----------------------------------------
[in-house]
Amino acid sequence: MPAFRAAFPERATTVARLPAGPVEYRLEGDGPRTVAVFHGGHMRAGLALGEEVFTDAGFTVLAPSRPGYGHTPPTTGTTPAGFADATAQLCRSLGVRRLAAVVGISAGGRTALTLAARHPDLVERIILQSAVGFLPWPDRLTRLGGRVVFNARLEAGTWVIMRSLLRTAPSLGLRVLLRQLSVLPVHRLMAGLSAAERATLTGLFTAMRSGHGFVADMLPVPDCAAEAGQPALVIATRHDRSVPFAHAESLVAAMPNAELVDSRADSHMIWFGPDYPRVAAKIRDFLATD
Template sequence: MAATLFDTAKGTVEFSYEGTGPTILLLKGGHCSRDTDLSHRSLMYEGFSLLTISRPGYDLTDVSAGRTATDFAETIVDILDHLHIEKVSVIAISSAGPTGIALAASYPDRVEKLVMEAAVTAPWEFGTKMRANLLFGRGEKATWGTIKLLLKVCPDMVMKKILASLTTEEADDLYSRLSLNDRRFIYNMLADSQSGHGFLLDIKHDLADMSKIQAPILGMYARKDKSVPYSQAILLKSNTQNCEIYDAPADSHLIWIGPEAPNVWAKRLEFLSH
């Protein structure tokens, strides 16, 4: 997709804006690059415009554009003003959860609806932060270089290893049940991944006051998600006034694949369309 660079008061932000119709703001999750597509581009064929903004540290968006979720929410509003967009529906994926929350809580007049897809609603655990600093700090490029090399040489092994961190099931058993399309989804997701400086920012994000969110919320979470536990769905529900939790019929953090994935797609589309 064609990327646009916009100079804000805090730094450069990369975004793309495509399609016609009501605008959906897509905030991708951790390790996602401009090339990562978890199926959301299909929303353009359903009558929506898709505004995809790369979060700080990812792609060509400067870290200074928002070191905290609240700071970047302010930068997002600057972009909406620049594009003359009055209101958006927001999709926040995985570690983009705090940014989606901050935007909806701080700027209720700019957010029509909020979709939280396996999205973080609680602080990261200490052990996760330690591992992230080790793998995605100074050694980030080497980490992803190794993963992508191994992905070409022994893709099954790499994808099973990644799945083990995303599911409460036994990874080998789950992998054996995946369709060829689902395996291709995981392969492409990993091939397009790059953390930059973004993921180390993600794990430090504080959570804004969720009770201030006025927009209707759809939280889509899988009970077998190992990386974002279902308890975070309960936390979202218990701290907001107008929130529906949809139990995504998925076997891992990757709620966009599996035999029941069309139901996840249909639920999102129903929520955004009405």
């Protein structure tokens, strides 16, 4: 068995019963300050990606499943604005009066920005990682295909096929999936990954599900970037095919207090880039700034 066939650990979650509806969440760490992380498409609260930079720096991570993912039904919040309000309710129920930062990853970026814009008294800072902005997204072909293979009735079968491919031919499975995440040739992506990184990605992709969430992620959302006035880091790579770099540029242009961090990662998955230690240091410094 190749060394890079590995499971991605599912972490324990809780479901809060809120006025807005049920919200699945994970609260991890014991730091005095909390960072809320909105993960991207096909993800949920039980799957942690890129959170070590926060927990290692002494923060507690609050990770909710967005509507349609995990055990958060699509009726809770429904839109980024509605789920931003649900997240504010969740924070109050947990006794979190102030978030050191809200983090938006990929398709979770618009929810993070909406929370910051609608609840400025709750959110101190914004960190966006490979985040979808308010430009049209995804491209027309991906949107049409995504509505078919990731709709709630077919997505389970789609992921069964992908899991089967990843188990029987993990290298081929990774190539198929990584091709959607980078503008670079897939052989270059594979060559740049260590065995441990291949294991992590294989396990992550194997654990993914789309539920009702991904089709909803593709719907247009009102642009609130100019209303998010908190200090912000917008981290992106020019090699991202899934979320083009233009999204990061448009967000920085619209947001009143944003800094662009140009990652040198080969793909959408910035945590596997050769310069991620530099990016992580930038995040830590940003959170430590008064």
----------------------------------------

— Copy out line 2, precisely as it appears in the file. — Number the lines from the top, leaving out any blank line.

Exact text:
Amino acid sequence: MPAFRAAFPERATTVARLPAGPVEYRLEGDGPRTVAVFHGGHMRAGLALGEEVFTDAGFTVLAPSRPGYGHTPPTTGTTPAGFADATAQLCRSLGVRRLAAVVGISAGGRTALTLAARHPDLVERIILQSAVGFLPWPDRLTRLGGRVVFNARLEAGTWVIMRSLLRTAPSLGLRVLLRQLSVLPVHRLMAGLSAAERATLTGLFTAMRSGHGFVADMLPVPDCAAEAGQPALVIATRHDRSVPFAHAESLVAAMPNAELVDSRADSHMIWFGPDYPRVAAKIRDFLATD